Trieste is another in a long line of novels that bothered me with its completely disjointed writing style. This is a style I've seen more and more frequently in literature in translation, often with all sorts of boasts about the writing's "subtlety" or "intelligence" or a number of other code words for LITERARY. The truth is that most of these books are actually more concept that content, and the trend towards this type of writing has pissed me off on more than one occasion. Trieste can't escape the pitfalls that frustrate me: vagueness does not equal subtlety. Lack of context does not mean complex. And blurring the liens between fact and fiction to the point of including photographs with absolutely no references and without bothering to explain yourself does not make the book clever, it just makes it confusing.

So here we have a book that wears its confusion like a badge of honor, and writing that alternates between two major styles that essentially follow two major stories: one, a completely loose, meandering writing that follows the life of Haya Tedeschi, and two, tightly constructed dialogues about the Holocaust. Suffice to say I found the dialogues to be much more successful than Haya's story, in large part because there's little I hate more than a book that only reaches the blurb-promised story in its last fifty pages. And because following Haya's story was a bit like trying to keep your eyes on a mosquito late at night after it's bitten you four times - impossible.

The dialogues succeed in a way that Haya's story doesn't for a simple reason: their task and goal is clearly defined, with little room for variation or getting off track. The dialogues have their breadth, certainly, ranging from discussions about actual war crimes, to "interviews" with dead victims, to interviews with SS officers. Here, Drndić also blurs the line between fact and fiction, but the result is a powerful Holocaust narrative that succeeds in breathing new literary life into a genre typically bogged down by its predecessors. These snippets alone could have formed a very different, but altogether more successful book, in my opinion.

Alas, now we need to turn to Haya's story. Which is altogether a messy, disappointing setup to a surprisingly poignant, thought-provoking final quarter. I won't pretend that I didn't find the last portion of the book to be significantly more interesting than the first three, but there's a saying: too little too late. After an epic struggle to even reach the novel's end (despite being consistently interesting and thought-provoking), I certainly found myself thoughtful by novel's end, but also extremely unhappy and fairly disappointed.

The disappointment stems from a fundamental approach to literature - characters need to have something that draws a reader to them. Sometimes that's a powerful voice, sometimes it's a strong personality, and oftentimes it's just a rollicking good story. Haya's story in and of itself is fairly tame in the context of Holocaust literature - until the final portion of the book, her story mostly revolves around her family's history of moving around, her later years as a math teacher (a detail I quite enjoyed, I'll admit), and connectors to the broader Holocaust story. But on a personal level, it was definitely lacking.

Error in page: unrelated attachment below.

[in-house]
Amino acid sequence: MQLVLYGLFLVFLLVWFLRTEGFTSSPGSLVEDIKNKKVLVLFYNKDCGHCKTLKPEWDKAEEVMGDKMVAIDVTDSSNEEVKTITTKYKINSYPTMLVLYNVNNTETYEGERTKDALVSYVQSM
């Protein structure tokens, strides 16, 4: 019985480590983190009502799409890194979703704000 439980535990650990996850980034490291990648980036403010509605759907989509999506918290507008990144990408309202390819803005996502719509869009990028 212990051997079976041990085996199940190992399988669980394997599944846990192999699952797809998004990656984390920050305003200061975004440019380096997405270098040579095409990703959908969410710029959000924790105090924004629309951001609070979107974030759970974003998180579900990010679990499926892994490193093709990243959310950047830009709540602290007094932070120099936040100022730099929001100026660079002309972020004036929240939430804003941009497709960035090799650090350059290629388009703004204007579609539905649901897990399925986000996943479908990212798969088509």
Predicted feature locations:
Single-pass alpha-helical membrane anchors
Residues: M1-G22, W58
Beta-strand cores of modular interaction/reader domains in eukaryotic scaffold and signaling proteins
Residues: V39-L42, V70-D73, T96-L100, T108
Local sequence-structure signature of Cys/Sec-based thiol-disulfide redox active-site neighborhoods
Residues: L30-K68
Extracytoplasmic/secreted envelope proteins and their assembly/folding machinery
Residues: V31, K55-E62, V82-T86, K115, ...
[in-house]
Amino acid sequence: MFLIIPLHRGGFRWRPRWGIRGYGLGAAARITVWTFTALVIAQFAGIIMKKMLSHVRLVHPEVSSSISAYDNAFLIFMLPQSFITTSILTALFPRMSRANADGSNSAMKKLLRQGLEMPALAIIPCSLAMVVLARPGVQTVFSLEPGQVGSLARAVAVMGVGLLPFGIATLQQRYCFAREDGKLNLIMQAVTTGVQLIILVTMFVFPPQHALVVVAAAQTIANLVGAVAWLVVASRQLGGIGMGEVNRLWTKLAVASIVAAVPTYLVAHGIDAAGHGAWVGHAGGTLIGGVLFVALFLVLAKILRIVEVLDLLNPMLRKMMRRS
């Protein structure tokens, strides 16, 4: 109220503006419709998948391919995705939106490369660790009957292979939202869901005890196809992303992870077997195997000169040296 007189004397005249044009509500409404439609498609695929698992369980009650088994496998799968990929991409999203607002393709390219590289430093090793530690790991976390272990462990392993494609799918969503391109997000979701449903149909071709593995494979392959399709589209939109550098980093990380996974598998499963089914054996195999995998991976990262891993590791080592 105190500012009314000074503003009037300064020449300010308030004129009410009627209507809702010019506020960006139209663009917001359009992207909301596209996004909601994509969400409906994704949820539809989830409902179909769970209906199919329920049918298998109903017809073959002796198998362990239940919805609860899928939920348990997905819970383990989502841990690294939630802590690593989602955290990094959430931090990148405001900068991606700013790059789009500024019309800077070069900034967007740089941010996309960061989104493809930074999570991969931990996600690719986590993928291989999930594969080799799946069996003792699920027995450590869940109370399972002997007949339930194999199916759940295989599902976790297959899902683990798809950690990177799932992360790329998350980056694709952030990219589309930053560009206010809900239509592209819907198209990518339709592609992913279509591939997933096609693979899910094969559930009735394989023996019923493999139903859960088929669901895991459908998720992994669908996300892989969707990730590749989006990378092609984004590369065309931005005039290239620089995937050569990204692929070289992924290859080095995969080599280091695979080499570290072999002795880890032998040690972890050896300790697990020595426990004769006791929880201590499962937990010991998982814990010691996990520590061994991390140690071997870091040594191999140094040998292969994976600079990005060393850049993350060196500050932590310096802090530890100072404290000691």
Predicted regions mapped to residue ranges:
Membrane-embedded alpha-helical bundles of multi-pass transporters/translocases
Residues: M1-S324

I think to a large extent another reason I was unhappy was because of how many topics Trieste attempted to tackle. Stories about each of these individual elements - the Italian/Baltic Holocaust, the Catholic Church's policy regarding Jewish children who'd been placed in Christian homes and their abhorrent policy of keeping them from their parents post-war, a Jewish woman having a child with an SS officer, German racial policies, etc. - would have been powerful and interesting. A story that tackles each and every one of these is, for lack of a better term, too much. It's all over the place. It's exhausting. And it loses from its impact.

I don't think I can say I actively disliked Trieste, though I certainly didn't like it. I didn't want to keep reading it, and though I did ultimately feel as though I gained something from this book (can I really call it a novel?), it was the sort of wiped out feeling you get when you climbing to the top of a steep mountain and instead of the promised view, see only a cloud of fog around you. Trieste is not a book I can ever see myself handing off to other readers, nor can I possibly imagine myself rereading it. So while I can appreciate what it was trying to do, alas, I don't think it's a particularly good book. I'd be curious to see what Drndić does with a slightly less overly-ambitious setup, but let's be clear: if someone ever tries to recommend a book to me based on similarities to Trieste, you can bet your finest hat that I won't be reading it.

Thursday, March 27, 2014

The Pomegranate Lady and Her Sons | Review

I'm honestly surprised that I'd never heard of Goli Taraghi's The Pomegranate Lady and Her Sons (tr. Sara Khalili) before reading it. It's not that I think I know of every new book that's published, but as a longtime book blogger, there's always a bit of awareness of new titles. Particularly titles from more mainstream publishers. The irony of it is that I'm often more aware of literature in translation from smaller publishers than I am from the heavy-hitters, where they seem almost passive in their attitudes despite more newspaper coverage. The fact is that I can't recall having seen any reviews of The Pomegranate Lady and Her Sons. Fairly undeserved.